When visiting museums we’re often so impressed by the exhibits that we don’t stop to think how they came to be there. Sometimes they were “acquired” as “spoils of war” or, to put it more bluntly, by looting – although the guardians of the treasure haven’t always been keen to advertise the fact. Artifacts “came into the possession of…” or (my favourite) “fell into the hands of…”, as if from a tree or upper balcony.
These cigarette cards issued by Churchmans in 1937 are a good example. All the loot was in the care of the Victoria and Albert Museum, London, at the time. If you aren’t familiar with the period or its Imperialist wars, just follow the links.
The Golden Throne of Ranjit Singh.
The ambitious nature of the Maharaja Ranjit Singh [1780-1839], combined with his forceful character and military genius, earned him the title of “The Lion of the Punjab.” The throne illustrated was made for him after his accession to the throne of Zaman Shah, King of Afghanistan, whom he defeated in 1799. It is made of wood covered with richly-chased gold plates, analysis showing the metal to contain 97-75% of pure gold. The throne later came into the possession of the East India Company, becoming the property of the British Government after the Indian Mutiny .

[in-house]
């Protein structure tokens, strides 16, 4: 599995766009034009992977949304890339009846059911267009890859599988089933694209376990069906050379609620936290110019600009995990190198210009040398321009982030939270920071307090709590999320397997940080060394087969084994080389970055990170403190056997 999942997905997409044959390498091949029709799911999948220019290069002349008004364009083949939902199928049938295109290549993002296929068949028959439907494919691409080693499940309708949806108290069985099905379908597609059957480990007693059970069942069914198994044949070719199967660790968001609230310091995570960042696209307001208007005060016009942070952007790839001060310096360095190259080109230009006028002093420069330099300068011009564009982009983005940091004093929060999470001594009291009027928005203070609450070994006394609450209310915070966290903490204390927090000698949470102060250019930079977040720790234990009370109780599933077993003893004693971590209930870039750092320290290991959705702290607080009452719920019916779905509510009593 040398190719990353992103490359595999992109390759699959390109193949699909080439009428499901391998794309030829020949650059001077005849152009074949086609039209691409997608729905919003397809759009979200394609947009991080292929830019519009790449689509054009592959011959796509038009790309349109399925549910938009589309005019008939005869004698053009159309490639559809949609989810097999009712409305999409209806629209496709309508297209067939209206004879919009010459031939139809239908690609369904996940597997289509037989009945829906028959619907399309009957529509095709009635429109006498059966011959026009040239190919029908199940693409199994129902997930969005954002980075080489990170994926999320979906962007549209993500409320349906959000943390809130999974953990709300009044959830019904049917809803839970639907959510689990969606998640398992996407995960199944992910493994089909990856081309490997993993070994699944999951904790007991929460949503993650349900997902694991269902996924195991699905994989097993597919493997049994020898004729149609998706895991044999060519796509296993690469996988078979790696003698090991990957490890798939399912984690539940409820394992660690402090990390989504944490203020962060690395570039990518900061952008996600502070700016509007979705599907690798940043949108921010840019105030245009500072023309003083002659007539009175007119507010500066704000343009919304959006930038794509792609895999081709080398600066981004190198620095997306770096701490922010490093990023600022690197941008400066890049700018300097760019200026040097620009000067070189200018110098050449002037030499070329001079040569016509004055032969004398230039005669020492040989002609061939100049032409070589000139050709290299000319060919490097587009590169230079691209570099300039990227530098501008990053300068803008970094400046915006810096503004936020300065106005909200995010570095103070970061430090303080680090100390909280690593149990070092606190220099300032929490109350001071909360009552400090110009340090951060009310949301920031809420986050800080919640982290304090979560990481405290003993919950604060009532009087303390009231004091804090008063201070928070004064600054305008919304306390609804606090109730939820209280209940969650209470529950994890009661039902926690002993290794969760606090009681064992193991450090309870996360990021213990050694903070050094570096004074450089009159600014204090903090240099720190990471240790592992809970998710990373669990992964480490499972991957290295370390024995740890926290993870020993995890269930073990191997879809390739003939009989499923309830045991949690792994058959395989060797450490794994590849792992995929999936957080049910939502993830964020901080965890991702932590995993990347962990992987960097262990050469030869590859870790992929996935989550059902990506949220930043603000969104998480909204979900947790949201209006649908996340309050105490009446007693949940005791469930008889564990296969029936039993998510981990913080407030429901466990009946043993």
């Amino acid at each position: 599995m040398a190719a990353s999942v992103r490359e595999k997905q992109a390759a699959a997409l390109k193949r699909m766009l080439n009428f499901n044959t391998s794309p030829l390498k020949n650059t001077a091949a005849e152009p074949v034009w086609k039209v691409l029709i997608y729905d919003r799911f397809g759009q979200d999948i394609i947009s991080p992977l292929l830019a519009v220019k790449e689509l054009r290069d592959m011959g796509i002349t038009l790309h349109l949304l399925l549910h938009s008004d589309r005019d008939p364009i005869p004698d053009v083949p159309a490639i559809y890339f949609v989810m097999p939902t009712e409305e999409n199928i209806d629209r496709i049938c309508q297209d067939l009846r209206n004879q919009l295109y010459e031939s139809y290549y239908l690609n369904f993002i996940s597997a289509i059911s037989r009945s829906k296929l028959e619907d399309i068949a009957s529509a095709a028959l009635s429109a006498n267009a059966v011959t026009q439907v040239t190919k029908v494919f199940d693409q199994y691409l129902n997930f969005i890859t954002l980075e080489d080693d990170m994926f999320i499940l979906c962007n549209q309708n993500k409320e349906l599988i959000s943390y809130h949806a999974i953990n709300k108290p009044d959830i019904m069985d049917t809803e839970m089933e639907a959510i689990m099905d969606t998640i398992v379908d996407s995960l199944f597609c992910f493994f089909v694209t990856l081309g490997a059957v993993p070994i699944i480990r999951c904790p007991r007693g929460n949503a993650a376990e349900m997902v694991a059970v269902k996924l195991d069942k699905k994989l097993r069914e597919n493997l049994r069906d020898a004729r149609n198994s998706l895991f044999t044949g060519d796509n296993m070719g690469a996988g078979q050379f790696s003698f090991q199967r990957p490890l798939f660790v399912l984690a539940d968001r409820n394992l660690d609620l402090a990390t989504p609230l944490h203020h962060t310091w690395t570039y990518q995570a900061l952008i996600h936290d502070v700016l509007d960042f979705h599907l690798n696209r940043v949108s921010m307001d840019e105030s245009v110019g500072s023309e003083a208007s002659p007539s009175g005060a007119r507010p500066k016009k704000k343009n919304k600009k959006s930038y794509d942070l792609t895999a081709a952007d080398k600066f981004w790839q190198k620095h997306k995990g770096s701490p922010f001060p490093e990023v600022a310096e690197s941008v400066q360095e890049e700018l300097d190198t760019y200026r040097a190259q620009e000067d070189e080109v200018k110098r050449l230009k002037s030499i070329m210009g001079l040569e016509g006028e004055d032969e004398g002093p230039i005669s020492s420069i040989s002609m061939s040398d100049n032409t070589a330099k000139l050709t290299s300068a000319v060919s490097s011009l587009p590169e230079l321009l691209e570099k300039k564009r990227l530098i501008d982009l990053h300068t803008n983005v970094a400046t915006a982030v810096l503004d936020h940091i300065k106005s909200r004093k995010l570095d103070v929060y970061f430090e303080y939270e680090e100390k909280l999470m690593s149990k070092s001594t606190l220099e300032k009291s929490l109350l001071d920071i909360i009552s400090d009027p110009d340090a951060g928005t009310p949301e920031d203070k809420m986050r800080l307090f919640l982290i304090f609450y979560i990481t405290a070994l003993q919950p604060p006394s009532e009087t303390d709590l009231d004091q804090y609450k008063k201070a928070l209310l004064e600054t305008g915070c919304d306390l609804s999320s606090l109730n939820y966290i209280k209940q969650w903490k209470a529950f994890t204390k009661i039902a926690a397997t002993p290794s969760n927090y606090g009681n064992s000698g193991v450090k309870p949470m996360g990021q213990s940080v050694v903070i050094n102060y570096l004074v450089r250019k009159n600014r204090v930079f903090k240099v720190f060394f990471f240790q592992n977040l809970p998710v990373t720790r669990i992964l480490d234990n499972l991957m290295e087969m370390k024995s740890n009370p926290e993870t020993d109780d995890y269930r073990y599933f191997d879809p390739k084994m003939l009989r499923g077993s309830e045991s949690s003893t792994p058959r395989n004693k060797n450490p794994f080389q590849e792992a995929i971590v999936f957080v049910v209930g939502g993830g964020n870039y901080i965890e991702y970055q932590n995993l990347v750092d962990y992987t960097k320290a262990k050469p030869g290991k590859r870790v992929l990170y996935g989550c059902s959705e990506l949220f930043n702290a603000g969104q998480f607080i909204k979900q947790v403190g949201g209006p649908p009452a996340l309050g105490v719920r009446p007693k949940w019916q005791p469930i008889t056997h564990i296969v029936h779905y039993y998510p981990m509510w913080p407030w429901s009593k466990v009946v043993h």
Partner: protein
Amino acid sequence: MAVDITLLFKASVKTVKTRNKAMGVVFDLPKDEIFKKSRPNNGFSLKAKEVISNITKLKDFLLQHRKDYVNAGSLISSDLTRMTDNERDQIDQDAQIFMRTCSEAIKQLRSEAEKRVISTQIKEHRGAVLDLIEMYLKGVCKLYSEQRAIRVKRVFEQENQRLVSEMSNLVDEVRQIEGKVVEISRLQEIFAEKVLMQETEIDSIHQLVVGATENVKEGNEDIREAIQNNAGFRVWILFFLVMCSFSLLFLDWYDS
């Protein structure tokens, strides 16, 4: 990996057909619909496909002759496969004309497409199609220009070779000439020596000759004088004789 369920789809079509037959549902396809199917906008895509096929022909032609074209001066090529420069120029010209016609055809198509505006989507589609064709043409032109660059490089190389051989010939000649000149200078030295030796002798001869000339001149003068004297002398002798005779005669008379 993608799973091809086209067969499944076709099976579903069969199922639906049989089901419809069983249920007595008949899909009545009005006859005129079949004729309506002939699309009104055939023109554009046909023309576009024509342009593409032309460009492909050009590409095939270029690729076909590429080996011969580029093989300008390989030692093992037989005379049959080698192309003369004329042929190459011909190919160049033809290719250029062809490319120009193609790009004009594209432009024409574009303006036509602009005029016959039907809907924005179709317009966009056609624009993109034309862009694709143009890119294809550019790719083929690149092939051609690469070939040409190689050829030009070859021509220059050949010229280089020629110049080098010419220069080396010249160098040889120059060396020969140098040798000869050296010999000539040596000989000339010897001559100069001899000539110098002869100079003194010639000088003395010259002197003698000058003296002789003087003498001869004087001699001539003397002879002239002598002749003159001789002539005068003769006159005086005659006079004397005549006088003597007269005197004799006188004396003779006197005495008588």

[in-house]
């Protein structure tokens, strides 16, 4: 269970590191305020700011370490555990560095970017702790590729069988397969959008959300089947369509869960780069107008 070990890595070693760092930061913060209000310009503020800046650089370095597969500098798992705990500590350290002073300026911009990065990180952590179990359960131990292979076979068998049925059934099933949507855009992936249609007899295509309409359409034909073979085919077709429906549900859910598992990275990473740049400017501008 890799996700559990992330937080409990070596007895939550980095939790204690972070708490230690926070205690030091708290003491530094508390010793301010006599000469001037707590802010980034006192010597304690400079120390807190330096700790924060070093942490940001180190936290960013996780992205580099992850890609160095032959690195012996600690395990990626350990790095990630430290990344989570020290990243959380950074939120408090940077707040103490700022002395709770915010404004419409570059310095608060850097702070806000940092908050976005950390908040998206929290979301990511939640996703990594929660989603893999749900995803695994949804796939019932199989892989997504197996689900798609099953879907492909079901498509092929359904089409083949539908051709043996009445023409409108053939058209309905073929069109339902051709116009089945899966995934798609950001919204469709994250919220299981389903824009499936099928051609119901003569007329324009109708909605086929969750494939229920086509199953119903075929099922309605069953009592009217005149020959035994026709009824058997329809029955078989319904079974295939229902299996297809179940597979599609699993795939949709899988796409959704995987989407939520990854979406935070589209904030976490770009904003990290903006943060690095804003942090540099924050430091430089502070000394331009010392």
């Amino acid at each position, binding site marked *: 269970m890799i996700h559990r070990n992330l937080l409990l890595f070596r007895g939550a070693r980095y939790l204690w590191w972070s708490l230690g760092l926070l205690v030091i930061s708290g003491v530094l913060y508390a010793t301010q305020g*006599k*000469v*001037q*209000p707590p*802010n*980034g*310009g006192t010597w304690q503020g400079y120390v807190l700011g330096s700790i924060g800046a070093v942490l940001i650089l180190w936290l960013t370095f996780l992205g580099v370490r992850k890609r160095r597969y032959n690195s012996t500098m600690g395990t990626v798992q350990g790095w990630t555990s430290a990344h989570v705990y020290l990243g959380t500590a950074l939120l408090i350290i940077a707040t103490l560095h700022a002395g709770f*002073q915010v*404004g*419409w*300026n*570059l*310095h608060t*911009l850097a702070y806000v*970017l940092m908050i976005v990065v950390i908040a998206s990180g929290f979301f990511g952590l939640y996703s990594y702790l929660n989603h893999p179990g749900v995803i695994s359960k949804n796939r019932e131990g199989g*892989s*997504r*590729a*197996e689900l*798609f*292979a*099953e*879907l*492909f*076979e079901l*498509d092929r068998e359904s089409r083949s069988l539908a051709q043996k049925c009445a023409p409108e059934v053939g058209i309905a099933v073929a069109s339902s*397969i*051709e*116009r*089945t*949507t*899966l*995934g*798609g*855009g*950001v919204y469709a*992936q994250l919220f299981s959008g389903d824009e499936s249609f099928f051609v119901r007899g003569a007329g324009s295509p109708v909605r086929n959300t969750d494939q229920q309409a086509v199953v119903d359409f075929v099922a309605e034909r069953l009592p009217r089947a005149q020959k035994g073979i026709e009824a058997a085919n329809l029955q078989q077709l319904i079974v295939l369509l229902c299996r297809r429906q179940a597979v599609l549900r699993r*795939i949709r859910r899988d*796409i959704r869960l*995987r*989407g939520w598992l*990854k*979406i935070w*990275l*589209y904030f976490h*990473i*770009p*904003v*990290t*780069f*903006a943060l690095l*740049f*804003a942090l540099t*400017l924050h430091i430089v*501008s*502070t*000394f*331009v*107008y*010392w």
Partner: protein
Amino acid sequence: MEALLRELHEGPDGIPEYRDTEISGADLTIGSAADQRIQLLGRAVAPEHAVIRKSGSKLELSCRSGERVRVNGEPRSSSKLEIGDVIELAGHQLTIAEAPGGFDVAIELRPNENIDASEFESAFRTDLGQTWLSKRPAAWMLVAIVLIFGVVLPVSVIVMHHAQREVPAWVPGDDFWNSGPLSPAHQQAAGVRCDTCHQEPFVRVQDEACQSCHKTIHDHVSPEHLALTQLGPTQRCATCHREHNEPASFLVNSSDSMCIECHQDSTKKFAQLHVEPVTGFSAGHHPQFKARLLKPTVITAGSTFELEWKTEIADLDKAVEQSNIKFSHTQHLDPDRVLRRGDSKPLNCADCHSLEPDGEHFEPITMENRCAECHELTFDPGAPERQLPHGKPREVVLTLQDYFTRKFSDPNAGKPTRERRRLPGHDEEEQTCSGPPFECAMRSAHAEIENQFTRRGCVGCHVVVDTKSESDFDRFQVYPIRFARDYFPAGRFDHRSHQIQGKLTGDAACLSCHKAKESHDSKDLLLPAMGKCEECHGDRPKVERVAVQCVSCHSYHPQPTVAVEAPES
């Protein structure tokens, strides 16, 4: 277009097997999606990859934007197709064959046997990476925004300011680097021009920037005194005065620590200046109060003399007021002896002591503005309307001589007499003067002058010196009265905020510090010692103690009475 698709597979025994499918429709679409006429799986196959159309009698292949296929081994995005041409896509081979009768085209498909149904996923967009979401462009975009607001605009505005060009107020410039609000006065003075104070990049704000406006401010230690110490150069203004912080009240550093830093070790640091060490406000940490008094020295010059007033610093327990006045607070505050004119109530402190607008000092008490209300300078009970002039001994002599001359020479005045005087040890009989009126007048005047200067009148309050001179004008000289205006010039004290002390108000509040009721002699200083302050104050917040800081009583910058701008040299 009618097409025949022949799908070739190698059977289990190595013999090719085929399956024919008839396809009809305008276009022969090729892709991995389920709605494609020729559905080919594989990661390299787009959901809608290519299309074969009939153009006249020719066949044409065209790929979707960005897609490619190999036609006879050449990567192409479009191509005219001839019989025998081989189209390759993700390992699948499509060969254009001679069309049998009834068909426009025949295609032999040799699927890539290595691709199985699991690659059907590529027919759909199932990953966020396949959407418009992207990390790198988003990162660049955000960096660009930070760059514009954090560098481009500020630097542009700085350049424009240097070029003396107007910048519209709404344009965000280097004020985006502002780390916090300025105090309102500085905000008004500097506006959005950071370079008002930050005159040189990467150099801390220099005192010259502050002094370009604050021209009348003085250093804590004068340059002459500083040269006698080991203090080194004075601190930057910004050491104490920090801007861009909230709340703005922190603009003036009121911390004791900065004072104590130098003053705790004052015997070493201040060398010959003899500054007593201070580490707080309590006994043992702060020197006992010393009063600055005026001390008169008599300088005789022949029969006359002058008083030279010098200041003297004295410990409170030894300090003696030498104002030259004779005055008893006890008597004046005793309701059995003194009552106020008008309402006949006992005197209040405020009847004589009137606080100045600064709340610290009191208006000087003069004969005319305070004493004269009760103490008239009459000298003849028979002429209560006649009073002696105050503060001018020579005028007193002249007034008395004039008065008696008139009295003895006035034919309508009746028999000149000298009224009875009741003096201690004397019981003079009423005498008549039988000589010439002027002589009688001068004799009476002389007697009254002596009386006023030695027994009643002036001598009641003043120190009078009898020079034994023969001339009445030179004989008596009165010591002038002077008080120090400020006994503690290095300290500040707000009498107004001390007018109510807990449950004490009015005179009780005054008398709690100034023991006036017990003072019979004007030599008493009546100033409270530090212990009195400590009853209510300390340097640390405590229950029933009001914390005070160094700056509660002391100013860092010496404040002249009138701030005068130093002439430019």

Gold treasures from the Burmese Regalia.
After the third Burmese War of 1885-6, in which King Thibaw was decisively defeated, the Burmese Regalia were taken from the Royal Palace at Mandalay, passing into the possession of the Secretary of State for India and thence, in 1890, to the Victoria and Albert Museum. We illustrate two of the many magnificent objects from the Regalia on view there : left, a gold food-vessel in the shape of a duck, elaborately chased and set with diamonds, rubies and emeralds; right, a gold salver, 23¼ inches in diameter, bearing a 9-stone ornament in the centre.
Gold Crown and Chalice from Abyssinia [Ethiopia].
When the British military expedition to Abyssinia, under Sir Robert Napier, entered Magdala on April 13th, 1868, several of the Emperor Theodore’s treasures fell into Sir Robert’s hands. We show two interesting items of this treasure. The gold crown (on right) belonged originally to the Abuna or Head of the Abyssinian Christian Church, being subsequently appropriated by the Emperor Theodore [Tewodros II]. The chalice, of hammered gold, bears incised inscriptions recording that it was given by King Joshua (1682-1706) to the Sanctuary of Quesquam.
A few of the looted treasures have been returned to Ethiopia over the years. An association was founded in 1999 to lobby for the rest.